An Adaptive Proportional Resonant Controller forSingle Phase PV Grid Connected Inverter Based onBand-Pass Filter Technique

ABSTRACT:  

This paper being an adaptive proportional resonant (PR) controller for single phase grid connected inverter that adapts its control parameters to grid impedance change. Forth order band bass filter is method and then merge with the adaptive system for on-line detection of any variations in the resonance frequency. The estimated frequency is then prepared by statistical signal processing operation to identify the variations in the grid impedance. For the on–line tuning of the PR parameters, a look-up table technique is utilized and its parameters are linked with the measure impedance values. Simulation results based on MATLAB environment clearly verify the effectiveness of the proposed control scheme for 2 kW grid connected inverter system.

 

KEYWORDS:
  1. Adaptive Proportional Resonant Controller
  2. Grid Impedance Estimation
  3. LCL Filter
  4. Look-up Table

 SOFTWARE: MATLAB/SIMULINK

 BLOCK DIAGRAM:

Fig. 1. Block diagram of the proposed adaptive PR controller.

 EXPECTED SIMULATION RESULTS:

Fig. 2. Simulation result of emulated grid voltage.

Fig.3. FFT analysis of grid current. (a) APR controller. (b).PR controller.

Fig. 4. Online adaptation of the APR control parameters.

Fig. 5. Grid voltage and current waveforms under changeable grid

impedance with the proposed control strategy.

 CONCLUSION:

 A new control strategy based on an adaptive proportional resonant (APR) controller has been grown and successfully proved on a simulated 2 kW single phase grid tide PV inverter. A fourth order Sallen-Key band pass filter tailored to the system to taking the harmonic components around the resonant frequency has been execute. data signal processing metthod was employed in order to provide the controller with signals compare to the variable grid impedance. A large low level of current total harmonic distortion (THD) is reach in comparison with conventional PR controller and submission with IEEE929-Standard has been show.

REFERENCES:

[1] S. Kouro, J. I. Leon, D. Vinnikov, and L. G. Franquelo, “Grid-Connected Photovoltaic Systems: An Overview of Recent Research and Emerging PV Converter Technology,” IEEE Industrial Electronics Magazine, vol. 9, pp. 47-61, 2015.

[2] “IEEE Recommended Practice for Utility Interface of Photovoltaic (PV) Systems,” in IEEE Std 929-2000, ed, 2000.

[3] “IEEE Draft Application Guide for IEEE Standard 1547, Interconnecting Distributed Resources With Electric Power Systems,” in IEEE Unapproved Draft Std P1547.2/D11, Sept 2008, ed, 2008, p. 1.

[4] H. M. El-Deeb, A. Elserougi, A. S. Abdel-Khalik, S. Ahmed, and A. M. Massoud, “An adaptive PR controller for inverter-based distribution generation with active damped LCL filter,” in 2013 7th IEEE GCC Conference and Exhibition (GCC), 2013, pp. 462-467.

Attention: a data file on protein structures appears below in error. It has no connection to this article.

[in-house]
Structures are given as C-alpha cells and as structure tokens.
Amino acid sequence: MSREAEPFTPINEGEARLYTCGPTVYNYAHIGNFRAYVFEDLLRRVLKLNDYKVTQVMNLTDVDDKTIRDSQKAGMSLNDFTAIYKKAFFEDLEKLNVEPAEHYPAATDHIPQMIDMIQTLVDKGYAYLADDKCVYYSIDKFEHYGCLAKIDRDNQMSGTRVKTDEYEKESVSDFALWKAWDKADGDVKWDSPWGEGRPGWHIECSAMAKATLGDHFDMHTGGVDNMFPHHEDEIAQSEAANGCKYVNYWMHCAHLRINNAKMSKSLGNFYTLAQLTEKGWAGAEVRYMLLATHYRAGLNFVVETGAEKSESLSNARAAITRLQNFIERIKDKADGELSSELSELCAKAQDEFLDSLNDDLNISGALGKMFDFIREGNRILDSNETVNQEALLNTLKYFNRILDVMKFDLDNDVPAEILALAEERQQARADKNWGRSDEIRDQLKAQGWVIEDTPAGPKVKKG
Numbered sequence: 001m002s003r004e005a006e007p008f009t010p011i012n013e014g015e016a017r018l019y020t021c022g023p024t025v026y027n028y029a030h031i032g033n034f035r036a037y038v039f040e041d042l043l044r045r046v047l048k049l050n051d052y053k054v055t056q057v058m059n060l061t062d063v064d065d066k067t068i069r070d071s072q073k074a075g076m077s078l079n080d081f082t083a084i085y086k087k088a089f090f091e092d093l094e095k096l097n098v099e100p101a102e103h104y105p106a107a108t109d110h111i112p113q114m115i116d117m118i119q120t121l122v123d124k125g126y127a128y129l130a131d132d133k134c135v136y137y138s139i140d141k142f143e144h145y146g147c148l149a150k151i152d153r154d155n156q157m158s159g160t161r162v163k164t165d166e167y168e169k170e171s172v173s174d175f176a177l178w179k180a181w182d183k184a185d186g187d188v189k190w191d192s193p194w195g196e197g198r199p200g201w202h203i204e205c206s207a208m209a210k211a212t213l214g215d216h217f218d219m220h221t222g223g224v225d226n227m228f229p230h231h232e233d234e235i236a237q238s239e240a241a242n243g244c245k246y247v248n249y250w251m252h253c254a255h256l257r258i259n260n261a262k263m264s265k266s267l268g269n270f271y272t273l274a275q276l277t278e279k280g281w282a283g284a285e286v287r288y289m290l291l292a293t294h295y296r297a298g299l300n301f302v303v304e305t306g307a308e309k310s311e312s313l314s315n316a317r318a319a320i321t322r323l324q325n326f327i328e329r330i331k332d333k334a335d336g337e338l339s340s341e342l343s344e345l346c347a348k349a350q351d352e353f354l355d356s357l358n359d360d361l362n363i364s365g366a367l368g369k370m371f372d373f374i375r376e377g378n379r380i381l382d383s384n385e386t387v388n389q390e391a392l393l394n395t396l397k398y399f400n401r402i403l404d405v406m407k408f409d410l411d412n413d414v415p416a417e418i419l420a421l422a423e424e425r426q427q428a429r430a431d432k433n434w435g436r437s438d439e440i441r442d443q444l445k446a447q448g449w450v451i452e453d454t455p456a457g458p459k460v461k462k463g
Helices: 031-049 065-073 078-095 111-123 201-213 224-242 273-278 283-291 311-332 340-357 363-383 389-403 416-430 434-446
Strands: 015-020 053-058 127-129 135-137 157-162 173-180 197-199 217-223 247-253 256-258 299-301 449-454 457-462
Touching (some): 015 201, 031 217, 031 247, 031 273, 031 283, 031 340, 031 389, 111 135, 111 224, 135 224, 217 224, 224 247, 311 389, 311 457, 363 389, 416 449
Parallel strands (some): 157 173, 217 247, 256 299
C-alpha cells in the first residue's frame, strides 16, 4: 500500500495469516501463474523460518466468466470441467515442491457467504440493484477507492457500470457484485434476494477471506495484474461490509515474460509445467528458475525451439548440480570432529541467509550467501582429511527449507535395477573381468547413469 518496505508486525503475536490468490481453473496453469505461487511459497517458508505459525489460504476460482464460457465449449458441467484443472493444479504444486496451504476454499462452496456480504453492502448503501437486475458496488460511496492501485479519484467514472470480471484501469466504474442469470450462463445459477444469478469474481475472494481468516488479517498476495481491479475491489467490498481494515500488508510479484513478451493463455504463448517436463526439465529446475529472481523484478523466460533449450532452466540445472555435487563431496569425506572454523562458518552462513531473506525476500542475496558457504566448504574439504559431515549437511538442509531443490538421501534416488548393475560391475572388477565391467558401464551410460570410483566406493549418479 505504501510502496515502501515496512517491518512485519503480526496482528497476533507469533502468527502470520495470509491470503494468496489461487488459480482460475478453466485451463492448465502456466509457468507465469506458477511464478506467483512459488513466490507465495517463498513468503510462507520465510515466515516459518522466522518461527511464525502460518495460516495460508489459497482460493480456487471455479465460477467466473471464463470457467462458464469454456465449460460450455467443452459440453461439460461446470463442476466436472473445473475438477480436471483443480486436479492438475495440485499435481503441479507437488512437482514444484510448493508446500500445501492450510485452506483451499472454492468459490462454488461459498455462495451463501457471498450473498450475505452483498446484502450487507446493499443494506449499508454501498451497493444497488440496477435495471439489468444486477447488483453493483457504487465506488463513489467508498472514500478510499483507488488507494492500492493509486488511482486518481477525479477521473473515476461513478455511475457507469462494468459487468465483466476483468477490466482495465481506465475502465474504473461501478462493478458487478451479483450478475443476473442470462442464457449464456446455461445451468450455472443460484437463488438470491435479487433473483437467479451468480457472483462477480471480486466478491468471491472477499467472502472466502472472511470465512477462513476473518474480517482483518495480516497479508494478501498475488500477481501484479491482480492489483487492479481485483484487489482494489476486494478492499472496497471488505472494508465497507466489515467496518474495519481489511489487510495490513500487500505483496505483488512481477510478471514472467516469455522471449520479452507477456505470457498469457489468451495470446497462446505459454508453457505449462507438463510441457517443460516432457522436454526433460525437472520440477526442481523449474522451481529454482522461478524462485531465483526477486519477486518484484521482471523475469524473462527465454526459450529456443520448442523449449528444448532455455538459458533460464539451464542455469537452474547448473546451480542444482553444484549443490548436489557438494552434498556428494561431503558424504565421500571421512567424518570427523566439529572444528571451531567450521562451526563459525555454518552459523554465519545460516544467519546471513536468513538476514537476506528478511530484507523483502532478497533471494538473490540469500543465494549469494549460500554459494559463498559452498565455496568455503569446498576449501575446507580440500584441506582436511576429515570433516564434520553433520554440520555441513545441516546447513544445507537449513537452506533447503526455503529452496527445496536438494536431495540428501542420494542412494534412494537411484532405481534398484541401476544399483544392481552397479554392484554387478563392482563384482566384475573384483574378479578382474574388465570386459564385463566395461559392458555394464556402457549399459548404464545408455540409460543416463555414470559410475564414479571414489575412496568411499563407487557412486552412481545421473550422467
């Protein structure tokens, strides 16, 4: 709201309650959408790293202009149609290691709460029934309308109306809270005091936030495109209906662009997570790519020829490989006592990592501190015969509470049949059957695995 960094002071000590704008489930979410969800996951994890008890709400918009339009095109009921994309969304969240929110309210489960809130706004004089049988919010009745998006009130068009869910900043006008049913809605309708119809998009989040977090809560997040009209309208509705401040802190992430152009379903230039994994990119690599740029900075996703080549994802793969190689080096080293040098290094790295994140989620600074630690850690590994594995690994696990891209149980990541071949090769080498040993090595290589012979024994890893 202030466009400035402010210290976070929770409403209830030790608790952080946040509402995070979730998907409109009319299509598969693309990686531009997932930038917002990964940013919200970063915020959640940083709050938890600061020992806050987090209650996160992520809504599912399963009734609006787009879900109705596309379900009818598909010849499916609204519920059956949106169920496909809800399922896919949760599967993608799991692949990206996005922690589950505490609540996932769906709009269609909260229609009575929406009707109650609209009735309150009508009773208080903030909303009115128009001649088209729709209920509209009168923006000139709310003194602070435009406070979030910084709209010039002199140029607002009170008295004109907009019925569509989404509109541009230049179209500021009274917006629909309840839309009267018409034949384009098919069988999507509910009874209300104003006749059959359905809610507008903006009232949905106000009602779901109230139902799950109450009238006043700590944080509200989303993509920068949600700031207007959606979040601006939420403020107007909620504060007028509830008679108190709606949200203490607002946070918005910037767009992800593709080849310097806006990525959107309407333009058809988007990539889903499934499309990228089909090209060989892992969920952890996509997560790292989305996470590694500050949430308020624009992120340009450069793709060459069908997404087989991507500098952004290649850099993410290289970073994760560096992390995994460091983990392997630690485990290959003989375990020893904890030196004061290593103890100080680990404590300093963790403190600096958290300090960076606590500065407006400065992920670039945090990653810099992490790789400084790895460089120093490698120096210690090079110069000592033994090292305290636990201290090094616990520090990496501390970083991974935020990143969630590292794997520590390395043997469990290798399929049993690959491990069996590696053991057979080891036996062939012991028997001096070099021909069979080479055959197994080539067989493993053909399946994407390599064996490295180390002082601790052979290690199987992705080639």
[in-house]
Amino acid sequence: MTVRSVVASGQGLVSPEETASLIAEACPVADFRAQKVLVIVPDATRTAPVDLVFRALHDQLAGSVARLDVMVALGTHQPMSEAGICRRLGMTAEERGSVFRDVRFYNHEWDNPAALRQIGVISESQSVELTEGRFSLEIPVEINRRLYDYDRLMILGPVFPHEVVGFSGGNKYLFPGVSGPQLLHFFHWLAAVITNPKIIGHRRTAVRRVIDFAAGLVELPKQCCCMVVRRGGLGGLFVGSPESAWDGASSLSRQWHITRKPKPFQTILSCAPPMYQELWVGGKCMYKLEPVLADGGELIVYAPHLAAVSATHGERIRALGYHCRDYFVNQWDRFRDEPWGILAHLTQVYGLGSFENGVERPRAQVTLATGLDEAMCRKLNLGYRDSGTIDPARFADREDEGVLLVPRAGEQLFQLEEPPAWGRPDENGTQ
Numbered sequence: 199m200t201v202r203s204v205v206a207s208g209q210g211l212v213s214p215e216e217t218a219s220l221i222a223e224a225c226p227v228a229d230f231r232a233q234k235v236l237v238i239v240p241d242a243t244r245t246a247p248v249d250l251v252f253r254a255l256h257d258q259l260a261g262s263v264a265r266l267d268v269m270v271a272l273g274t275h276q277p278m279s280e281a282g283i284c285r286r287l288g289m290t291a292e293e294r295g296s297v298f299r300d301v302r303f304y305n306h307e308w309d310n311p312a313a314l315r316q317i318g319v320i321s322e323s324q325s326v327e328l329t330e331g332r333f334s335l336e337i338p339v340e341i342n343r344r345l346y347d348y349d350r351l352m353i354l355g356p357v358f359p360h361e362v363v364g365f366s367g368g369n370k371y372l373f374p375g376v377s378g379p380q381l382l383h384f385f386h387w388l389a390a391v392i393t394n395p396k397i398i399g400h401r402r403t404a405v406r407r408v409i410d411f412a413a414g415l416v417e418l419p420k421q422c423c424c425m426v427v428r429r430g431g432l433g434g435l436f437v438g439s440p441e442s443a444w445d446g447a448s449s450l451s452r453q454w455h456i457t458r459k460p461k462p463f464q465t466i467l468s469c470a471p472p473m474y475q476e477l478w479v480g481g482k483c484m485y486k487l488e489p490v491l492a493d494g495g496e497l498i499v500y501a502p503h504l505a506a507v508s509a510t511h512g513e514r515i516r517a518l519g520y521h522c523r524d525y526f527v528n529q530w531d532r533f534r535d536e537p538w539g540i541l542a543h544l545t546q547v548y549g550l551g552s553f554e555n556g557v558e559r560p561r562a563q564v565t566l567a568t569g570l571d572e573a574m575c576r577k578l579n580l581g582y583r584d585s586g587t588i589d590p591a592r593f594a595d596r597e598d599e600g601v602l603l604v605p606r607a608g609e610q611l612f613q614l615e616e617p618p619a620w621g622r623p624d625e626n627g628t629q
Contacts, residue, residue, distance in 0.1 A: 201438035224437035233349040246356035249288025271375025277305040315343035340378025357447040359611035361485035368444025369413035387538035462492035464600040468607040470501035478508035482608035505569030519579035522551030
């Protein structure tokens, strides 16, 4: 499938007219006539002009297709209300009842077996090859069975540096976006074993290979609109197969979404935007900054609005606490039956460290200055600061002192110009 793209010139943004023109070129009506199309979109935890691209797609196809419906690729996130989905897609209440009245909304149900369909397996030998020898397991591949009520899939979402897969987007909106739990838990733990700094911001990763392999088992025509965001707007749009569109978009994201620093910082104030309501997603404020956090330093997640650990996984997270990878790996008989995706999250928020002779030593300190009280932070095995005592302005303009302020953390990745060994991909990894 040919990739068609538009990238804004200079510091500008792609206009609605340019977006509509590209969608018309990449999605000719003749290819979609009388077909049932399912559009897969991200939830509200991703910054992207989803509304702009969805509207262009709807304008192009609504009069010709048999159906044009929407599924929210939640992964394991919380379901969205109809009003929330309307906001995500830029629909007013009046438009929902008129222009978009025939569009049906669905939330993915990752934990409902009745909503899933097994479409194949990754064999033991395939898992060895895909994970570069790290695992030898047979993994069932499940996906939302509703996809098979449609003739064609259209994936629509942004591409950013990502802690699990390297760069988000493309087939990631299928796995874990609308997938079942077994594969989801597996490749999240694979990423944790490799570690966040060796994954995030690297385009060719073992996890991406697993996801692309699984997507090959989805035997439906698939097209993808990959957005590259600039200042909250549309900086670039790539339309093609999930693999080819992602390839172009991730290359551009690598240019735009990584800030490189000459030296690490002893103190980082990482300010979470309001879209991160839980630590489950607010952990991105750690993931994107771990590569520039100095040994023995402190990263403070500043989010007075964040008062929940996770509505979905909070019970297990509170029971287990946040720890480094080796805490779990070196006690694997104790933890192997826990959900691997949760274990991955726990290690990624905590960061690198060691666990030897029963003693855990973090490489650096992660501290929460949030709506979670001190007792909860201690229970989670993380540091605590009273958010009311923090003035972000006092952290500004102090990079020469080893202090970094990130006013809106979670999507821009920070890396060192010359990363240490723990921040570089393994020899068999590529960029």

[5] W. L. Chen and J. S. Lin, “One-Dimensional Optimization for Proportional-Resonant Controller Design Against the Change in Source Impedance and Solar Irradiation in PV Systems,” IEEE Transactions on Industrial Electronics, vol. 61, pp. 1845-1854, 2014.

Efficiency Optimization of Induction Motor Drive at Steady-State Condition

 

ABSTRACT:

Induction motors are workhorse of industries due to its power/mass relation, efficiency, low cost and nearly maintenance free operation in its life cycle. However motors with low efficiency waste a lot of energy that will increase its operational cost. As a result of high energy consumption and the huge number of operating units, even a small increase in efficiency improvement has significant effect on the entire energy consumptions and operational cost. This paper uses key features of loss model control (LMC) and search control (SC) together for estimation and reproduction of optimal flux component of current (Ids), for optimal efficiency operation of induction motor. At first, a d-q loss model of induction motor is used to derive a loss-minimization expression considering core saturation. The loss expression is used to derive optimal Ids expression and then Ids is estimated for various load profiles and finally tabulated. Based on those tabulated values, a look-up table in MATLAB is designed, and thus optimal Ids* value can be reproduced, depending upon run-time load profile, in feed-forward manner, and thus eliminates run-time loss model complex computation. Efficiency is compared for conventional vector control (constant Ids) and proposed optimal control (optimal Ids) operations. Superior efficiency performance (1-18%) is observed in optimal flux operation at steady-state, for load torque above 60% in simulation, for wide range of speed. The proposed hybrid concept is easy to implement, run-time computation free operation, ripple free operation, and offers higher power saving ratio with respect to useful output power.